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High school play promotes awareness and tolerance

Justin Dielam, playing the part of Jedediah Schultz, and Kimberly Clymer, playing the part of Rebecca Hilliker, go over their lines during Monday’s rehearsal of “The Laramie Project.” - Photo by Jesse Beals
Justin Dielam, playing the part of Jedediah Schultz, and Kimberly Clymer, playing the part of Rebecca Hilliker, go over their lines during Monday’s rehearsal of “The Laramie Project.”
— image credit: Photo by Jesse Beals

Because of mature language in Olympic High School’s first play this fall, drama instructor David Clough sent the script home with the 11 cast members. They showed it to their parents. Some edited their lines, some did not.

Clough, who wears the hats of drama, English, debate and women’s studies teacher as well as drama club adviser in his fourth year at OHS, says he has always tried to challenge his students, no “frizzy” or “easy” plays.

“I like to give my students more realistic, vocational training in theater,” he said.

But “The Laramie Project,” which opens at 7 p.m. today, Dec. 7 and runs through Sat., Dec. 10, is perhaps the most risque play he has put on at the high school level, Cough said.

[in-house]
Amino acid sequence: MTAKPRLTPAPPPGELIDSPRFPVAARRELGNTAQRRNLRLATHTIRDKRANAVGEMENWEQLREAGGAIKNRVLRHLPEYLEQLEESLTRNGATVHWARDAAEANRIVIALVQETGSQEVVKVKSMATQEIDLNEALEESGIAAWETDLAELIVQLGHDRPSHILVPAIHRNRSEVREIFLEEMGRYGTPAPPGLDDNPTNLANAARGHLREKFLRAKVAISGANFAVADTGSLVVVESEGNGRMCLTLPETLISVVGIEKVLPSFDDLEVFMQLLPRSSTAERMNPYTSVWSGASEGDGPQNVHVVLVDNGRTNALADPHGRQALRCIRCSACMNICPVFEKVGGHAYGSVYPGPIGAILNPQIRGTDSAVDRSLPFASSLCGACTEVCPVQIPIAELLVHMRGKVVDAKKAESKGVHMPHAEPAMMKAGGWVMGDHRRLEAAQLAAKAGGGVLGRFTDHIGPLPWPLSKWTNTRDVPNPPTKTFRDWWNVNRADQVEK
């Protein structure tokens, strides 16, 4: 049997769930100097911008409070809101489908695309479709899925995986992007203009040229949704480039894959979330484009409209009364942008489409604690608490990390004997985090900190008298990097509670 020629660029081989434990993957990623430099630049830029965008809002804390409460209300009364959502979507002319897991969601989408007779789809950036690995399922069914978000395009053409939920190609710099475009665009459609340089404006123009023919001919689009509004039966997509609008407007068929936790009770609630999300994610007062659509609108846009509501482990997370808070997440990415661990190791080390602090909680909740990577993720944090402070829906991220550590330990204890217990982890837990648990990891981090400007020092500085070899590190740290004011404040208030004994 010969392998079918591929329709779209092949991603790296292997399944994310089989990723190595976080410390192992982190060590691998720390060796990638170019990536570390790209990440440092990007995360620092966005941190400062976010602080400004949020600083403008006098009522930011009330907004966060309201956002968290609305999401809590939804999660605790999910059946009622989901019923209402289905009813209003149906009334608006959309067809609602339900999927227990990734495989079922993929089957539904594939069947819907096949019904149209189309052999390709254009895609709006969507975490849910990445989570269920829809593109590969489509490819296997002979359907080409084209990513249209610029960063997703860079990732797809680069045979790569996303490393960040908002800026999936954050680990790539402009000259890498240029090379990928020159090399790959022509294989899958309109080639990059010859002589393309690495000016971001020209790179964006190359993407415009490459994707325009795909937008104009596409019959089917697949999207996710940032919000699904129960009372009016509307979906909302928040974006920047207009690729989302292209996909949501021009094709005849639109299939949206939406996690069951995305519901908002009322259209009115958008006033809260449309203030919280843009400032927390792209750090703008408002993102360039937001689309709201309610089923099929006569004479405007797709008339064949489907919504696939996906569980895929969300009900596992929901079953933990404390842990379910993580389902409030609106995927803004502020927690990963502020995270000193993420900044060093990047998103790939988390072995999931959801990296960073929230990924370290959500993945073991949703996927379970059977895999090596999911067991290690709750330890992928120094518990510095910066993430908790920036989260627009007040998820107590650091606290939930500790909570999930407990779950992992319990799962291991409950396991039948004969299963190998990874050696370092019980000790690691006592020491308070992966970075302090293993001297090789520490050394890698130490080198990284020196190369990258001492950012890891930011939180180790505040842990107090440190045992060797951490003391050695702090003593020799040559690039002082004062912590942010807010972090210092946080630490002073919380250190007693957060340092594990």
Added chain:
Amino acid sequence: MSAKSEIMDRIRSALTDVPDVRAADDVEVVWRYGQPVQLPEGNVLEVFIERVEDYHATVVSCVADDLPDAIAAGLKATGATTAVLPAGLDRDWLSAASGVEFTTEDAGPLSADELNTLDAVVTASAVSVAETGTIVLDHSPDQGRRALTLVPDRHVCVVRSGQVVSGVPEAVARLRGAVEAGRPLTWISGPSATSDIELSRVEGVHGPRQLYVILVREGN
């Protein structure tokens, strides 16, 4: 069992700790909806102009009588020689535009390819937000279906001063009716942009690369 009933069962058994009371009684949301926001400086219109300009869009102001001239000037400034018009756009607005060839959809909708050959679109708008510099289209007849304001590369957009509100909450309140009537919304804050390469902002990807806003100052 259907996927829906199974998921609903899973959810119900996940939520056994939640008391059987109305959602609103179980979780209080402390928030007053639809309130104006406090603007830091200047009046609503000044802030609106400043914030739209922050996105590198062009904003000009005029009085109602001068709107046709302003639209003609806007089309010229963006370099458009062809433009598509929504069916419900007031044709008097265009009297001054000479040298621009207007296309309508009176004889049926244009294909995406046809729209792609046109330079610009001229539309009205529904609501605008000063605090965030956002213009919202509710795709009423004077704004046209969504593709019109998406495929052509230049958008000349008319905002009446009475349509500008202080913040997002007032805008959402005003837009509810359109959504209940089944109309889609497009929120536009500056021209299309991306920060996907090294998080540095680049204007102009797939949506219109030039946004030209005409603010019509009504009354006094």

The play was created by Moises Kaufman and the Tectonic Theater Project in New York and is based on more than 200 interviews with the residents of Laramie, Wyo. in the year following the brutal murder of Matthew Shepard.

In 1998 Shepard, a 21-year-old student at the University of Wyoming, was beaten and left to die tied to a fence just outside Laramie. Shepard was gay and the murder was a hate crime.

“The idea (is) there’s a voice for almost everybody at this school,” Clough said. “But there really isn’t a voice for students who are homosexual.

“(The play) is another way to bring across that message that hate is not acceptable. We just wanted to sensitize students to that.”

The play’s 11 actors, nearly half of who are entirely new to the on-stage experience, juggle some 60 characters amongst themselves, each role heavy with monologues.

Sophomore Drea Perkins is one of the first-time actors.

“People are generally very supportive but some people have been tearing down our posters,” she said. “And you get a few

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